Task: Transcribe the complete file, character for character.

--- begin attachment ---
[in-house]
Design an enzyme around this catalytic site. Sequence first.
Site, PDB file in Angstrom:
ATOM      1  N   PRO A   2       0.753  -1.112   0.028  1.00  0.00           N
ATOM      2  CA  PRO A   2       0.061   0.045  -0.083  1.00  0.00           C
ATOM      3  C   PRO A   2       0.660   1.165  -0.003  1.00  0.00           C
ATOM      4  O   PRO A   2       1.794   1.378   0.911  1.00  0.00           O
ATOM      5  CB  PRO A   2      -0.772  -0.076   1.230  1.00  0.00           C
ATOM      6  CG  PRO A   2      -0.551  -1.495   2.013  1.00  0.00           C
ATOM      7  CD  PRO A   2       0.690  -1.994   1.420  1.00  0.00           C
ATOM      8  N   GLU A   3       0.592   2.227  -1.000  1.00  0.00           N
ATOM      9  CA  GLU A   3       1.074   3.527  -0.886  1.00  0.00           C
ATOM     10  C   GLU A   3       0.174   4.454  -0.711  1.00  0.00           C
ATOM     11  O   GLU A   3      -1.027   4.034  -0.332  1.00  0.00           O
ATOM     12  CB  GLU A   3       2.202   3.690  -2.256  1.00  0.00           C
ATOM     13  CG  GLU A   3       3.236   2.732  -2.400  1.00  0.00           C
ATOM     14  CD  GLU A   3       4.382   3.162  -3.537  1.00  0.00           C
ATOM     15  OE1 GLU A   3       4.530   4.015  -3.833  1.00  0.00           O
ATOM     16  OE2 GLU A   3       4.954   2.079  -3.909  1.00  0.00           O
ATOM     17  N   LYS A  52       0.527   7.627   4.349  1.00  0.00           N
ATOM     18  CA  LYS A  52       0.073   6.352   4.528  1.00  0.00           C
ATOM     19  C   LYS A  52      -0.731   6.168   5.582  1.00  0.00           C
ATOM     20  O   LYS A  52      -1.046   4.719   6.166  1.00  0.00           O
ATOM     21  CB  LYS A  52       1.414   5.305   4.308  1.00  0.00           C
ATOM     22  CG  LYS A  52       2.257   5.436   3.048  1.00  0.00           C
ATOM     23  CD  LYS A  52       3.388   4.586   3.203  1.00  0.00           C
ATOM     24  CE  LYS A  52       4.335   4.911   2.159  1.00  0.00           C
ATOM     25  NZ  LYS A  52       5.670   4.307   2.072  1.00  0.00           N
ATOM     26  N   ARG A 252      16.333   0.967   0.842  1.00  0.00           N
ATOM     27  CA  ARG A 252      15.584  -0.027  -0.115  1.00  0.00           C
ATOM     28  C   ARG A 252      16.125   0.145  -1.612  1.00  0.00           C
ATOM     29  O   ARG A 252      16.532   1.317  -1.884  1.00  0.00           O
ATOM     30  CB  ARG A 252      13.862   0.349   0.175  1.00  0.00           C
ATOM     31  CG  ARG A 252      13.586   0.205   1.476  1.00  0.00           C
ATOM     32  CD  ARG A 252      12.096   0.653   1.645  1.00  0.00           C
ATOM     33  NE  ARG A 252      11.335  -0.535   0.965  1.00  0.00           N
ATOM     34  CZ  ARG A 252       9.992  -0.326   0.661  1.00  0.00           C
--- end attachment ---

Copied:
[in-house]
Design an enzyme around this catalytic site. Sequence first.
Site, PDB file in Angstrom:
ATOM      1  N   PRO A   2       0.753  -1.112   0.028  1.00  0.00           N
ATOM      2  CA  PRO A   2       0.061   0.045  -0.083  1.00  0.00           C
ATOM      3  C   PRO A   2       0.660   1.165  -0.003  1.00  0.00           C
ATOM      4  O   PRO A   2       1.794   1.378   0.911  1.00  0.00           O
ATOM      5  CB  PRO A   2      -0.772  -0.076   1.230  1.00  0.00           C
ATOM      6  CG  PRO A   2      -0.551  -1.495   2.013  1.00  0.00           C
ATOM      7  CD  PRO A   2       0.690  -1.994   1.420  1.00  0.00           C
ATOM      8  N   GLU A   3       0.592   2.227  -1.000  1.00  0.00           N
ATOM      9  CA  GLU A   3       1.074   3.527  -0.886  1.00  0.00           C
ATOM     10  C   GLU A   3       0.174   4.454  -0.711  1.00  0.00           C
ATOM     11  O   GLU A   3      -1.027   4.034  -0.332  1.00  0.00           O
ATOM     12  CB  GLU A   3       2.202   3.690  -2.256  1.00  0.00           C
ATOM     13  CG  GLU A   3       3.236   2.732  -2.400  1.00  0.00           C
ATOM     14  CD  GLU A   3       4.382   3.162  -3.537  1.00  0.00           C
ATOM     15  OE1 GLU A   3       4.530   4.015  -3.833  1.00  0.00           O
ATOM     16  OE2 GLU A   3       4.954   2.079  -3.909  1.00  0.00           O
ATOM     17  N   LYS A  52       0.527   7.627   4.349  1.00  0.00           N
ATOM     18  CA  LYS A  52       0.073   6.352   4.528  1.00  0.00           C
ATOM     19  C   LYS A  52      -0.731   6.168   5.582  1.00  0.00           C
ATOM     20  O   LYS A  52      -1.046   4.719   6.166  1.00  0.00           O
ATOM     21  CB  LYS A  52       1.414   5.305   4.308  1.00  0.00           C
ATOM     22  CG  LYS A  52       2.257   5.436   3.048  1.00  0.00           C
ATOM     23  CD  LYS A  52       3.388   4.586   3.203  1.00  0.00           C
ATOM     24  CE  LYS A  52       4.335   4.911   2.159  1.00  0.00           C
ATOM     25  NZ  LYS A  52       5.670   4.307   2.072  1.00  0.00           N
ATOM     26  N   ARG A 252      16.333   0.967   0.842  1.00  0.00           N
ATOM     27  CA  ARG A 252      15.584  -0.027  -0.115  1.00  0.00           C
ATOM     28  C   ARG A 252      16.125   0.145  -1.612  1.00  0.00           C
ATOM     29  O   ARG A 252      16.532   1.317  -1.884  1.00  0.00           O
ATOM     30  CB  ARG A 252      13.862   0.349   0.175  1.00  0.00           C
ATOM     31  CG  ARG A 252      13.586   0.205   1.476  1.00  0.00           C
ATOM     32  CD  ARG A 252      12.096   0.653   1.645  1.00  0.00           C
ATOM     33  NE  ARG A 252      11.335  -0.535   0.965  1.00  0.00           N
ATOM     34  CZ  ARG A 252       9.992  -0.326   0.661  1.00  0.00           C